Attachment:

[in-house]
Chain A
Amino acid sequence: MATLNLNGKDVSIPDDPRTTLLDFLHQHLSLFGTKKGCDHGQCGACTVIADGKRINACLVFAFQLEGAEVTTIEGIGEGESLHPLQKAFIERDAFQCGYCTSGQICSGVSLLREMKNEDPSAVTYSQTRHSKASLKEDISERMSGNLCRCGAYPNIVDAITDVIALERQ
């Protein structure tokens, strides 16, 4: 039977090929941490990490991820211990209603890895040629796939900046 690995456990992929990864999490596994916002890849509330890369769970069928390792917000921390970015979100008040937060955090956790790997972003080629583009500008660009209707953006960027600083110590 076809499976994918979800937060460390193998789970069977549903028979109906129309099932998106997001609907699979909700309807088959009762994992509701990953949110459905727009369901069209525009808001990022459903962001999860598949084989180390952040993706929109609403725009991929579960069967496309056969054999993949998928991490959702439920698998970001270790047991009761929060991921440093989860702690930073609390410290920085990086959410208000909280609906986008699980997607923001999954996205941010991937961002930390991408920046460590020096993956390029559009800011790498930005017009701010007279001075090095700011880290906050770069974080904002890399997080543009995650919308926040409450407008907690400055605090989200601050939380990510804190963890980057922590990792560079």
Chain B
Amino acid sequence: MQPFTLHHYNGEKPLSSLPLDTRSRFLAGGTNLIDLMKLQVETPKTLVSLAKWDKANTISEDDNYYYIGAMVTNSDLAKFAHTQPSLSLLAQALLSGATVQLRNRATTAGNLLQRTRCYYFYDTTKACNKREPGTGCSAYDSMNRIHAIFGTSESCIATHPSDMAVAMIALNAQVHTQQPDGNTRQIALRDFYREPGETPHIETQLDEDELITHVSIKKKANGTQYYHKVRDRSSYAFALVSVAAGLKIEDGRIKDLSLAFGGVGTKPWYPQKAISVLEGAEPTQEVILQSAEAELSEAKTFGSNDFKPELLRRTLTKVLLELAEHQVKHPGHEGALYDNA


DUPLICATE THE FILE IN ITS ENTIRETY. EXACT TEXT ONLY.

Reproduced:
[in-house]
Chain A
Amino acid sequence: MATLNLNGKDVSIPDDPRTTLLDFLHQHLSLFGTKKGCDHGQCGACTVIADGKRINACLVFAFQLEGAEVTTIEGIGEGESLHPLQKAFIERDAFQCGYCTSGQICSGVSLLREMKNEDPSAVTYSQTRHSKASLKEDISERMSGNLCRCGAYPNIVDAITDVIALERQ
């Protein structure tokens, strides 16, 4: 039977090929941490990490991820211990209603890895040629796939900046 690995456990992929990864999490596994916002890849509330890369769970069928390792917000921390970015979100008040937060955090956790790997972003080629583009500008660009209707953006960027600083110590 076809499976994918979800937060460390193998789970069977549903028979109906129309099932998106997001609907699979909700309807088959009762994992509701990953949110459905727009369901069209525009808001990022459903962001999860598949084989180390952040993706929109609403725009991929579960069967496309056969054999993949998928991490959702439920698998970001270790047991009761929060991921440093989860702690930073609390410290920085990086959410208000909280609906986008699980997607923001999954996205941010991937961002930390991408920046460590020096993956390029559009800011790498930005017009701010007279001075090095700011880290906050770069974080904002890399997080543009995650919308926040409450407008907690400055605090989200601050939380990510804190963890980057922590990792560079």
Chain B
Amino acid sequence: MQPFTLHHYNGEKPLSSLPLDTRSRFLAGGTNLIDLMKLQVETPKTLVSLAKWDKANTISEDDNYYYIGAMVTNSDLAKFAHTQPSLSLLAQALLSGATVQLRNRATTAGNLLQRTRCYYFYDTTKACNKREPGTGCSAYDSMNRIHAIFGTSESCIATHPSDMAVAMIALNAQVHTQQPDGNTRQIALRDFYREPGETPHIETQLDEDELITHVSIKKKANGTQYYHKVRDRSSYAFALVSVAAGLKIEDGRIKDLSLAFGGVGTKPWYPQKAISVLEGAEPTQEVILQSAEAELSEAKTFGSNDFKPELLRRTLTKVLLELAEHQVKHPGHEGALYDNA